Jay Willoughby, Boston-based chief investment officer at TIFF Investment Management, said his institutional clients are most concerned about high inflation and its interrelation with rising interest rates and the potential for a recession.
"The annualized CPI rate has dropped from about 9.1% in June 2022 to 6.4% in January," Mr. Willoughby said in an interview. "That's good progress, but given how strong the job market is, it will be very difficult, if not impossible, for the Federal Reserve to take measures to push the inflation rate down to its 2% mandate any time soon."
As a result, it is very likely the Fed could "tighten too much," a measure that will lead to some short-term economic pain, but in the long run would be beneficial, he added.
While Mr. Willoughby said he is cautious this year on both stocks and fixed income, he is nonetheless bullish on Chinese equities as the Chinese economy awakens from a COVID-19 lockdown amid some fairly strong fundamentals.
"I see China as a countercyclical play," Mr. Willoughby said. "Unlike the western economies, China is not suffering from inflation and the reopening of their economy points to a strong recovery."
Noting that Chinese equities are currently trading at a moderate 11.5 times forward earnings compared with 18 for the S&P 500 index, Mr. Willoughby likes Chinese stocks.
He further noted that the Chinese government, under the rule of President Xi Jinping, has enacted policies to stimulate consumer spending by targeting the huge amount of personal savings that were sitting on the sidelines during the pandemic. The Chinese central bank is also encouraging financial institutions to resume lending to private-sector firms.
"Large international investors had been bearish on China after they imposed tough lockdown rules and this depressed equity valuations," he noted. "So now I think is a good time to lock in on Chinese stocks."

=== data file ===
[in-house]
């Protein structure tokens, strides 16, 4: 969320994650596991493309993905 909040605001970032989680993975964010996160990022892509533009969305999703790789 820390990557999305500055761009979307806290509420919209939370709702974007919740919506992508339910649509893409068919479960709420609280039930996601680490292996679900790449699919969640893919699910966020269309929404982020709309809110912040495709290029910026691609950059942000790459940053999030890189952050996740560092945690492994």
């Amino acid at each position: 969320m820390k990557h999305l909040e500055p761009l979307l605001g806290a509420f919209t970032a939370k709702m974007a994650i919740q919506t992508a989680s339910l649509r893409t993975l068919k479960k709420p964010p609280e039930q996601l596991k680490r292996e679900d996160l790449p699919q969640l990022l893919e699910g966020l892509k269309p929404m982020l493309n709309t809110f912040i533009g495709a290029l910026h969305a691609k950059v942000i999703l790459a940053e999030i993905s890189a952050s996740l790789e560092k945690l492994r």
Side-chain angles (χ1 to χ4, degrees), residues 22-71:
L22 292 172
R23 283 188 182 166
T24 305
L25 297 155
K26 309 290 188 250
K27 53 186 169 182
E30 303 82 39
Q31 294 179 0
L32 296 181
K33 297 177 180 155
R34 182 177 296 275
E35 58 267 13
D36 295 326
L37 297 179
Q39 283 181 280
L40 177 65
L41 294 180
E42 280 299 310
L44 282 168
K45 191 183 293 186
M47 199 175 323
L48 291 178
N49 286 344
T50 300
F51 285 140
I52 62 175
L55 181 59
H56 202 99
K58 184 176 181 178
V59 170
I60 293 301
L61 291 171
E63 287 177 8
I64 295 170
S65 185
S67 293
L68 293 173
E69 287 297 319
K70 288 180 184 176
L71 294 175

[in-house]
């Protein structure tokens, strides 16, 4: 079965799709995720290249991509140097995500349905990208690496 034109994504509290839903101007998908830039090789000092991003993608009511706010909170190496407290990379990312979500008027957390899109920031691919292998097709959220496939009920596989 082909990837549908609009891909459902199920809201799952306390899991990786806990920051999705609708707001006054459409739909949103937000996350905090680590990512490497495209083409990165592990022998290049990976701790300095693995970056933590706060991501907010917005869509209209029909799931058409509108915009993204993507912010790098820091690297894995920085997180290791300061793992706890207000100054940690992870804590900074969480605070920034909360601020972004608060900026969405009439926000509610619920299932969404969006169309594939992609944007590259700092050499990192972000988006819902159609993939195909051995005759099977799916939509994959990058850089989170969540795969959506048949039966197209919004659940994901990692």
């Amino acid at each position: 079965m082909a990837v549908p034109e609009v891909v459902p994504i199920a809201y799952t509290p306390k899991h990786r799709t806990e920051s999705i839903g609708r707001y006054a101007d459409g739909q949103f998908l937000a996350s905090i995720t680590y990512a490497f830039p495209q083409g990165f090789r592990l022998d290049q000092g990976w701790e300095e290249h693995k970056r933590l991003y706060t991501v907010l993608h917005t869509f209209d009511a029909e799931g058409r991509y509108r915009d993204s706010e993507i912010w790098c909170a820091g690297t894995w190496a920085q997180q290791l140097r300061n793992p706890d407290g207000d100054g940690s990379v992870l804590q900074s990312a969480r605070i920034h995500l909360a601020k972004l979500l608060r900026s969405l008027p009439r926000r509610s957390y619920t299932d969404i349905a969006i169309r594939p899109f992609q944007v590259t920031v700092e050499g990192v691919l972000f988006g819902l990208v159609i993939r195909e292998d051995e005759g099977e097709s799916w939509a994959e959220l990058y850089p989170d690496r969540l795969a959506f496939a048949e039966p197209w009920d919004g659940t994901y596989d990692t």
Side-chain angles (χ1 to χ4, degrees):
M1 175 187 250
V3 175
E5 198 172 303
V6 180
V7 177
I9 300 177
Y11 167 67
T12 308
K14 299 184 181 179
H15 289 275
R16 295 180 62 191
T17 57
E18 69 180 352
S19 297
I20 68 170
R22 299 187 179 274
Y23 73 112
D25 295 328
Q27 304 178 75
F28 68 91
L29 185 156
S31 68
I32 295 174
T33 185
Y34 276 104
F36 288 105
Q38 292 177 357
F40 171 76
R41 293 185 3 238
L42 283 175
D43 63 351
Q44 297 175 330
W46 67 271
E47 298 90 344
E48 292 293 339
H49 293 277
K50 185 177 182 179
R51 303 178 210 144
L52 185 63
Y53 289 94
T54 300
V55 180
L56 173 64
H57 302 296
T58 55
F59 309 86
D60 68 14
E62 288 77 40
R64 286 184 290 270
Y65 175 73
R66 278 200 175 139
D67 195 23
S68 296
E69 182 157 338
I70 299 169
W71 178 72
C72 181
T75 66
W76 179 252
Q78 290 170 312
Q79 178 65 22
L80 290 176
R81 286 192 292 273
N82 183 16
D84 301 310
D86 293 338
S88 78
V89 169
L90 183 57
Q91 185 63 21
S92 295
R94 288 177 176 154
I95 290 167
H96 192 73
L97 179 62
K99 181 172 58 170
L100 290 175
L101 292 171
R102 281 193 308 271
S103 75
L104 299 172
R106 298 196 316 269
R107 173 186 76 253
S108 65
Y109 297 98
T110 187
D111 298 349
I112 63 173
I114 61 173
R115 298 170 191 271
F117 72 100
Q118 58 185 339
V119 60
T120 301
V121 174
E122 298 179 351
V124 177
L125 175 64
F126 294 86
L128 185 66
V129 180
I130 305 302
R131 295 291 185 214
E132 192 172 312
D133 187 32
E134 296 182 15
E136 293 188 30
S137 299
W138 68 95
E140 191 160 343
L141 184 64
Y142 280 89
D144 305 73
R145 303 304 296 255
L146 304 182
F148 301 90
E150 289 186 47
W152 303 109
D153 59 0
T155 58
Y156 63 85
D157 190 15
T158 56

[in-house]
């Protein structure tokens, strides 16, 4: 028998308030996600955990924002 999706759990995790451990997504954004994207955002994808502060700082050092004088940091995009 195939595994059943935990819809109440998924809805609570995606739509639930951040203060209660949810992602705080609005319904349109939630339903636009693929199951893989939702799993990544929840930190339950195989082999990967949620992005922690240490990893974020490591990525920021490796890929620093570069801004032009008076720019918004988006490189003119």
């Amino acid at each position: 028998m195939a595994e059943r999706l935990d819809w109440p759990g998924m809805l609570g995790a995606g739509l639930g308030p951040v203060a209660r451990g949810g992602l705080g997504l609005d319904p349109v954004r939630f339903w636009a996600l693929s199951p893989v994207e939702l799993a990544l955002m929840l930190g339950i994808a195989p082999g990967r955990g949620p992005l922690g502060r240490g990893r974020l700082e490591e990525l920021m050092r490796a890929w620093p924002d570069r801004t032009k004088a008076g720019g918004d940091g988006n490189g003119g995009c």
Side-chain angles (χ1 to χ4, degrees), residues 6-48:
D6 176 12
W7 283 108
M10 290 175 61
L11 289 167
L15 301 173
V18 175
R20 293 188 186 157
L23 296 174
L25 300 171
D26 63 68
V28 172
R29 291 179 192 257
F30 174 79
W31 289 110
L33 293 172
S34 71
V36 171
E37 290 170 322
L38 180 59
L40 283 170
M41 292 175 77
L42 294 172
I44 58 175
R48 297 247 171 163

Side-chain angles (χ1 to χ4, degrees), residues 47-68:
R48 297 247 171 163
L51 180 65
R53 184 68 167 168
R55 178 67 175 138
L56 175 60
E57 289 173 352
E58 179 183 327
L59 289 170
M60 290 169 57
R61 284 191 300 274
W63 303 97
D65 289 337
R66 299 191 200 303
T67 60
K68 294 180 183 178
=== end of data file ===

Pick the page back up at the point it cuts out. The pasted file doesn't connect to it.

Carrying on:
Indeed, on Monday, Goldman Sachs Group issued a report suggesting that the MSCI China index could surge by 24% this year — after plunging 21.9% in 2022.
Mr. Willoughby also said the institutional clients with which he deals, primarily endowments and foundations, have evinced a greater interest in private equity assets, given how poorly traditional asset classes such as stocks and bonds performed last year.
"The conventional 60/40 portfolio has come under some criticism, especially when you consider that specific allocation had its fourth worst year of performance in the past 96 years," he said. "As a result, I can say that our institutional clients are seeking to increase their exposures to private equity, as this broad asset class continued to outperform again last year."
Indeed, using the S&P 500 index and Bloomberg U.S. Aggregate Bond index as benchmarks, a of 60% U.S. stocks and 40% bonds returned -16.1% in 2022. The former lost 18.1% while the latter slid 13.1%.
TIFF had about $8 billion in assets under management as of June 30.